Convicted rapist Keith Hearne will have to wait until next month to find out if an appeal against the severity of his 12-year sentence has been successful.
In 2017, Hearne (30), of Allenton Drive, Tallaght, Dublin, pleaded guilty to two counts of rape, one count of oral rape and one count of falsely imprisoning Dominique Meehan during a convention in the Crowne Plaza Hotel in Blanchardstown on July 4, 2015.
During his sentencing hearing, the court heard how he locked the door of a conference room in the hotel where he had cornered Ms Meehan, bound her hands with his tie and raped her.
When she screamed, he told her he had a knife in his bag and would use it if she was not quiet.
His bag, containing a "rape kit" of a prop knife, handcuffs, condoms, a mask and "sadomasochistic" items, was later found at the scene, the Central Criminal Court heard.
Ms Meehan (26) was only saved when another person forced their way into the room when they heard the disturbance inside.
She waived her right to anonymity after Hearne was convicted so that he could be named in public.
Hearne, now known as Prisoner 107512, is serving his time in Midlands Prison. He was sentenced to 12 years by Mr Justice Patrick McCarthy in 2017.
At the time, the judge said it was difficult to express the horror and seriousness of the offence.
He said Hearne carried out "a series of extremely violent sexual offences in circumstances which consisted of her false imprisonment over a period of time".
The judge said Hearne's only mitigating factor was his plea of guilty.
Hearne lodged an appeal against the severity of the sentence, and yesterday his lawyer argued that his mental state and the fact that he had no previous convictions should also have been taken into consideration.
Barrister Roderick O'Hanlon said a report on Hearne's mental health had been submitted to the trial.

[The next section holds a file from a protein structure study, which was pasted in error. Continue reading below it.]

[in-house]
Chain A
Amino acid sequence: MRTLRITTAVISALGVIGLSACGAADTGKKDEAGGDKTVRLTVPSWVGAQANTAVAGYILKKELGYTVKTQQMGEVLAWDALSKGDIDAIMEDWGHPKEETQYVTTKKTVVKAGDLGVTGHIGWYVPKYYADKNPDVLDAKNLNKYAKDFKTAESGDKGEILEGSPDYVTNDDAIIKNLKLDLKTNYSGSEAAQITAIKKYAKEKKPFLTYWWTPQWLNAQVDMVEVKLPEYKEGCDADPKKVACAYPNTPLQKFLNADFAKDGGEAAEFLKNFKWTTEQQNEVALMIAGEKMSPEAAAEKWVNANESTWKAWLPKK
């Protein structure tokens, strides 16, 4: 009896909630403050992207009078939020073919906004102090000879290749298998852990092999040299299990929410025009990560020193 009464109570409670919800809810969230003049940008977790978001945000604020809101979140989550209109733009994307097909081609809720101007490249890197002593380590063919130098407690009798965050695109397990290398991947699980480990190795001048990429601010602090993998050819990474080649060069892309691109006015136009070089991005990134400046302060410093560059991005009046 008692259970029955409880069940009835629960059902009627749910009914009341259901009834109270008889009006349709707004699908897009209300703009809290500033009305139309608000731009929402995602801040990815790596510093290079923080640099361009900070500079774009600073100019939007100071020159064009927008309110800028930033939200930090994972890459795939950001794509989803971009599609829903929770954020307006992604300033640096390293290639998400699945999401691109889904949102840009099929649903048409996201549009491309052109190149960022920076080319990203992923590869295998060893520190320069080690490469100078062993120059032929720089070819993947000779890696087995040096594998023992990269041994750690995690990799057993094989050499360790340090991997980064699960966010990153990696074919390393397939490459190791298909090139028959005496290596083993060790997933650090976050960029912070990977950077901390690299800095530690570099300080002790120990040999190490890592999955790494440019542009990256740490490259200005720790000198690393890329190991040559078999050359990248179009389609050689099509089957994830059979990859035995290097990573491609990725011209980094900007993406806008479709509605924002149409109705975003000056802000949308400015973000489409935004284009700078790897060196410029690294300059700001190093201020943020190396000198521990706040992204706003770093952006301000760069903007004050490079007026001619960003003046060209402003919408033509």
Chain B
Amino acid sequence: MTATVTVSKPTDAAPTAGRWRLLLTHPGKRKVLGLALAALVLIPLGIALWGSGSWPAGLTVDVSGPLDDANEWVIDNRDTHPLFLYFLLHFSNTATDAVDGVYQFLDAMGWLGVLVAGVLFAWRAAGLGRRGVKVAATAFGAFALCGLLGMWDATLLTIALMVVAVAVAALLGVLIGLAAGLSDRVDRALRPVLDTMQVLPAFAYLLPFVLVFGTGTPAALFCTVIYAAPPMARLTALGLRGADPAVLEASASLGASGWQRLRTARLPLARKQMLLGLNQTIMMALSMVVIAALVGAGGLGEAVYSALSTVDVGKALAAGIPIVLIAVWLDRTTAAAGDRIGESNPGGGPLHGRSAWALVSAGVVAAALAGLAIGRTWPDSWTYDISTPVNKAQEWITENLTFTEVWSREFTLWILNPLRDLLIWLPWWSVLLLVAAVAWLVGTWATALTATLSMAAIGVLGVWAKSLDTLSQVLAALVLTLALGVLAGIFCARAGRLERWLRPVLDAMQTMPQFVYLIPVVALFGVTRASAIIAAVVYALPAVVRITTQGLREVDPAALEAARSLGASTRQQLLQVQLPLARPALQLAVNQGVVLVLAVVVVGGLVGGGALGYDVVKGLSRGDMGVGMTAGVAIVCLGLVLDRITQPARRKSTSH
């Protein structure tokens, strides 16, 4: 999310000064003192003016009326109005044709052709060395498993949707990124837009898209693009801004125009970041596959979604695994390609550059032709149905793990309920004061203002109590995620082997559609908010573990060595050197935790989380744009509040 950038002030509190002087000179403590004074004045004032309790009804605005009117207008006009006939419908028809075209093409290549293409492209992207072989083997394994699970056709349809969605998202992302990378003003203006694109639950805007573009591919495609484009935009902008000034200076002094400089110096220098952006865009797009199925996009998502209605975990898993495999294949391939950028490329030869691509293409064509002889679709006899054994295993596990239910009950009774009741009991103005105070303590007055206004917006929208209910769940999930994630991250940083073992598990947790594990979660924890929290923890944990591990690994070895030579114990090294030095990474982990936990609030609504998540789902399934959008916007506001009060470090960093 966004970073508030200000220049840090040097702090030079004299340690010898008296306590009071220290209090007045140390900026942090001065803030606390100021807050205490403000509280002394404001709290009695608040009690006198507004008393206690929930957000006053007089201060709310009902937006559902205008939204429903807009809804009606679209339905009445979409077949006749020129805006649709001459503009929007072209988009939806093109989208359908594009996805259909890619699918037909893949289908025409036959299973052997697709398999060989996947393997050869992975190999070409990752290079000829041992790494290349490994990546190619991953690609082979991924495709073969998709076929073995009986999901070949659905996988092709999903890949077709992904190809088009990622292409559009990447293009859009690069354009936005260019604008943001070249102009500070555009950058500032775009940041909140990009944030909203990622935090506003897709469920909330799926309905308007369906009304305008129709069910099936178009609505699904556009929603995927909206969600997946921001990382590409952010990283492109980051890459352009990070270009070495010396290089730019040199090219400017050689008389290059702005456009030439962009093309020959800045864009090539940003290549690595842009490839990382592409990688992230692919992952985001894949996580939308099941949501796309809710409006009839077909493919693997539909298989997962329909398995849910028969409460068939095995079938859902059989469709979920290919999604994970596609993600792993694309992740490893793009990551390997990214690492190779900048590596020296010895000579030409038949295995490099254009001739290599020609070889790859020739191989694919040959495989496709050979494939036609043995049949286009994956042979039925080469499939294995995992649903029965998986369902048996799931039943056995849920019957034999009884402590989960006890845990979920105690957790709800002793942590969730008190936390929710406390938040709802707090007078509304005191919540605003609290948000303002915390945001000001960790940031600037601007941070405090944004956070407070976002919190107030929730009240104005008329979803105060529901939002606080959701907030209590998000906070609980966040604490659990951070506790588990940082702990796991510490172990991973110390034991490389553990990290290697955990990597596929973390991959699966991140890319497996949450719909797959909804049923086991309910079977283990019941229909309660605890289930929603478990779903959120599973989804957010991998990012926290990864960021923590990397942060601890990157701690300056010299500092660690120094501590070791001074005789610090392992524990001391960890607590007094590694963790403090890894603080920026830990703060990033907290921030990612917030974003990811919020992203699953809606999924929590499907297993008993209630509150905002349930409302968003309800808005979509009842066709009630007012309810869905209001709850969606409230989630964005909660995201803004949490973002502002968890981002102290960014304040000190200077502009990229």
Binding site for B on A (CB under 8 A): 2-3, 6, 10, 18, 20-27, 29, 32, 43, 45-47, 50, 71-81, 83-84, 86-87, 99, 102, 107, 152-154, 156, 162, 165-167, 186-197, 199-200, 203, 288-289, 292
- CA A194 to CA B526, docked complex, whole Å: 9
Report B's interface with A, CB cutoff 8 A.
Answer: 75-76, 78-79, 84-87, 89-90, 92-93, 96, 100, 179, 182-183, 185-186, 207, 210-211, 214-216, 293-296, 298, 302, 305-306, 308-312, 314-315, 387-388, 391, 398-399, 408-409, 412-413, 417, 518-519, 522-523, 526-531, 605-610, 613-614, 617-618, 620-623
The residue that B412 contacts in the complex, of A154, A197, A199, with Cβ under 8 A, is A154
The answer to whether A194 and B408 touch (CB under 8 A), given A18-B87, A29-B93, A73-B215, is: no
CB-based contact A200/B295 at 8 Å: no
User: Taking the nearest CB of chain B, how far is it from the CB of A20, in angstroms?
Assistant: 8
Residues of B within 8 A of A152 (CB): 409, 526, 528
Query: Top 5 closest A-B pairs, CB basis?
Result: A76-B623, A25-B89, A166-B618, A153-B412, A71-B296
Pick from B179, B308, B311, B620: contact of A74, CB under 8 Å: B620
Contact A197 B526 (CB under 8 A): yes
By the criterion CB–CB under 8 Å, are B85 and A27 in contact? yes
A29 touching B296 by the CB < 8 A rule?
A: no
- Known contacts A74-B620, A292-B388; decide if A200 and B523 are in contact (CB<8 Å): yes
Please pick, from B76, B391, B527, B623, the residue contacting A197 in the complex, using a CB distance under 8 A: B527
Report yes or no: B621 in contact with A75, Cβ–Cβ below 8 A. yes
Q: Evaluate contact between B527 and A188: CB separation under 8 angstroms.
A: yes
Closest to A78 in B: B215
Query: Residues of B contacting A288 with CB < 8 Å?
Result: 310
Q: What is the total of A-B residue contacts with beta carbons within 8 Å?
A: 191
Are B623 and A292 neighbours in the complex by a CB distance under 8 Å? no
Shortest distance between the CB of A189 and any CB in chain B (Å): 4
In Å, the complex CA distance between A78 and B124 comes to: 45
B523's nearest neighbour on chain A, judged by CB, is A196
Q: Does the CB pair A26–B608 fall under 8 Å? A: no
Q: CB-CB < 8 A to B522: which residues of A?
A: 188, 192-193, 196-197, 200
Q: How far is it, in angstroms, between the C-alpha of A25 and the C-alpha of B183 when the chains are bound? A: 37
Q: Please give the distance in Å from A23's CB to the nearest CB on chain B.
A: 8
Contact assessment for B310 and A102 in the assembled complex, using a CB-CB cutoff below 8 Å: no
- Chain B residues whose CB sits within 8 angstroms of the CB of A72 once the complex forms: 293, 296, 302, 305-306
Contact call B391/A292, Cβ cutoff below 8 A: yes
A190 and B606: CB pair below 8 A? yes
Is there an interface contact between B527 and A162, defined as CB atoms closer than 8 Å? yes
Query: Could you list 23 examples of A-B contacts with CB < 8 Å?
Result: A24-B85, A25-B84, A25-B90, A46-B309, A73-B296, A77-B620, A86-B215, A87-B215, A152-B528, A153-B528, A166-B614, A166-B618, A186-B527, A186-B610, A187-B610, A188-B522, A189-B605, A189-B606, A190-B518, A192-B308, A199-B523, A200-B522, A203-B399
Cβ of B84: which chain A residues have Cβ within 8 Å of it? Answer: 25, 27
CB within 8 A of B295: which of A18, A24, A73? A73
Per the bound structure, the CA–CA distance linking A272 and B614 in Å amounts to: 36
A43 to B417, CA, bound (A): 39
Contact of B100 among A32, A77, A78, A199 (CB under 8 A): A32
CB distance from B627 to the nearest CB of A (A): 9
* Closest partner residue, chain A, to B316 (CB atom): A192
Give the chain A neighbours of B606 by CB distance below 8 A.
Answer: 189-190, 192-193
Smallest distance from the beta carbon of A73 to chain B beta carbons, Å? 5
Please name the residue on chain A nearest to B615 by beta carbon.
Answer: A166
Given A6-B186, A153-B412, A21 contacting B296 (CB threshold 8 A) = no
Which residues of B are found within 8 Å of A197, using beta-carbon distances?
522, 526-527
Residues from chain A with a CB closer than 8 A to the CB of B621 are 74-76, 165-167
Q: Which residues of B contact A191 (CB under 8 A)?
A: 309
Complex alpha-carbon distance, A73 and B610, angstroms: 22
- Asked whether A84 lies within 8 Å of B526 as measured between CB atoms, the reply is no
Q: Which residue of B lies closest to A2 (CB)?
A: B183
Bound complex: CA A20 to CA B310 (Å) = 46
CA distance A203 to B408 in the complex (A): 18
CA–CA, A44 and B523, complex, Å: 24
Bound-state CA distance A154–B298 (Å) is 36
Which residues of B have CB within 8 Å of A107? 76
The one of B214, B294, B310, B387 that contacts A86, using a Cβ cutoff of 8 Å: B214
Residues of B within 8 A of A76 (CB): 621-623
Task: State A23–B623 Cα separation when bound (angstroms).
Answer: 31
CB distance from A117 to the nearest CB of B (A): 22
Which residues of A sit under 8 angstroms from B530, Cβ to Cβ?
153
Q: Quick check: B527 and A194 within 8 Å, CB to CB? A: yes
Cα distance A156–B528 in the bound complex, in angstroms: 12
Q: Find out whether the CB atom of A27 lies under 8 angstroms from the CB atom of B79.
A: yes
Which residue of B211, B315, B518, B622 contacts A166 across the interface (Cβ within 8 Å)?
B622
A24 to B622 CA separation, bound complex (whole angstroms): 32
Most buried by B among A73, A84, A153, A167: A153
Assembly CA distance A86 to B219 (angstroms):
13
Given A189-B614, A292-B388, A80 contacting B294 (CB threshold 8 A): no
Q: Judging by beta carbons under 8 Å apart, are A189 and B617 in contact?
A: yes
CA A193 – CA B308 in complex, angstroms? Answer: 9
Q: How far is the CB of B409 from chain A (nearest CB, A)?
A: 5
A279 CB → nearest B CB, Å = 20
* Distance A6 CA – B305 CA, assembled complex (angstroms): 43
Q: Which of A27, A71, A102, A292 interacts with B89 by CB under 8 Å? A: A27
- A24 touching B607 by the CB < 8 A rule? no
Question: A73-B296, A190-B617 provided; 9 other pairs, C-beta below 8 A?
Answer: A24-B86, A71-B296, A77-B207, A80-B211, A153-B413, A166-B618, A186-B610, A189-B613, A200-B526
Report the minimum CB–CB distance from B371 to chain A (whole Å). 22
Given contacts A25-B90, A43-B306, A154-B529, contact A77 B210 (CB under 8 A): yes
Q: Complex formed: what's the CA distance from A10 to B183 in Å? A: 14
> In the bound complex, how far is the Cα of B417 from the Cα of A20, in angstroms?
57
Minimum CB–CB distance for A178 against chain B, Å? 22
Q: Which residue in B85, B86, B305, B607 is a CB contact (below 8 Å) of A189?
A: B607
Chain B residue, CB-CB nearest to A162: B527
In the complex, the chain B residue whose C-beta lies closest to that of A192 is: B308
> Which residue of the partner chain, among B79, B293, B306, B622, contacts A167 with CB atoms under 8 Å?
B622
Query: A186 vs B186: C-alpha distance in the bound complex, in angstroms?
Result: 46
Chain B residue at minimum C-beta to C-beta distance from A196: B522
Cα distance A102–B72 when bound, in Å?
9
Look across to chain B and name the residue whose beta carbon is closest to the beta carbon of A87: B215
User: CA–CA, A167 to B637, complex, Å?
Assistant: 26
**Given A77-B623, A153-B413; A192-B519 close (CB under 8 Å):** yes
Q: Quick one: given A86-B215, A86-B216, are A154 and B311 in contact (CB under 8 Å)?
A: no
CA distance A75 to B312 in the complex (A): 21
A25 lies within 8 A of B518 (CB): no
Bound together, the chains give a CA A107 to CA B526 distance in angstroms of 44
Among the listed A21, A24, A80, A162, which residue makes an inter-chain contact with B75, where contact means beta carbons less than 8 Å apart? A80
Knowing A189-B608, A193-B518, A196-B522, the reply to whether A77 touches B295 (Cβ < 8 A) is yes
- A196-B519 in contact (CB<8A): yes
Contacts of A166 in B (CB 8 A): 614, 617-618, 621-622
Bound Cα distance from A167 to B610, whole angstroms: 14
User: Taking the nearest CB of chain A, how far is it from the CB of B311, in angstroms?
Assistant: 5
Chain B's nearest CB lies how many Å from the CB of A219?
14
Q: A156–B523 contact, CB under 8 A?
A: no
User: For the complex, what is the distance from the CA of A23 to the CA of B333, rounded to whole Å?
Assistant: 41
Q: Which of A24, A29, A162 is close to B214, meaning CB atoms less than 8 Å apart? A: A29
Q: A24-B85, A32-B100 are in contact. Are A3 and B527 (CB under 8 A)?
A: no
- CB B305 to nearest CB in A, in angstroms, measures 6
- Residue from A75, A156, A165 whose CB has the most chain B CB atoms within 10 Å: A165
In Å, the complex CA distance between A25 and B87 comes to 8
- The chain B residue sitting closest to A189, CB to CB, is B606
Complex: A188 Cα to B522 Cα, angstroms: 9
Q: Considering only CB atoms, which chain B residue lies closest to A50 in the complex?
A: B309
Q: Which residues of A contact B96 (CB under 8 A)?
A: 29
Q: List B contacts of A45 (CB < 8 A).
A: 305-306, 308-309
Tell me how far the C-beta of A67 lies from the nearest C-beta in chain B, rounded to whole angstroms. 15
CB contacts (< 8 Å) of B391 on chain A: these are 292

"At age seven he had come to the attention of a senior clinical psychologist, an occupational therapist in 1998, an educational psychology report in 2002, a letter from a consultant child and adolescents' psychiatrist in 2004, and he was in St Patrick's Hospital in 2004 for approximately a week," he said.
Mr O'Hanlon said the sentencing judge had disregarded Hearne's psychiatric history.
"I accept that the judge was correct in holding that he was criminally responsible for the offending on the day in question but the assessment concluded he was suffering from a mental illness," he added.
"He [Hearne] is criminally responsible but the judge still had to consider him as someone with a mental illness, a personal disorder and no previous convictions."
However, counsel for the DPP, which is opposing Hearne's appeal, argued that the severity of the crime warranted the headline 15-year sentence open to the judge, and that the reduction of the sentence to 12 years was a sufficient reflection of the guilty plea.
Barrister Anne-Marie Lawlor said the gravity of the false imprisonment and rape was "heinous and horrific" and "the depths of depravity", causing the victim extreme pain.
Ms Lawlor also said that the doctor who submitted the report into Hearne's mental health into evidence had said there was "no causative link" between Hearne's mental health and the offence.
She also argued that there are cases where people committing their first offence receive long sentences, and that Hearne's sentence was appropriate.
The three-judge Appeal Court reserved judgment until May 13.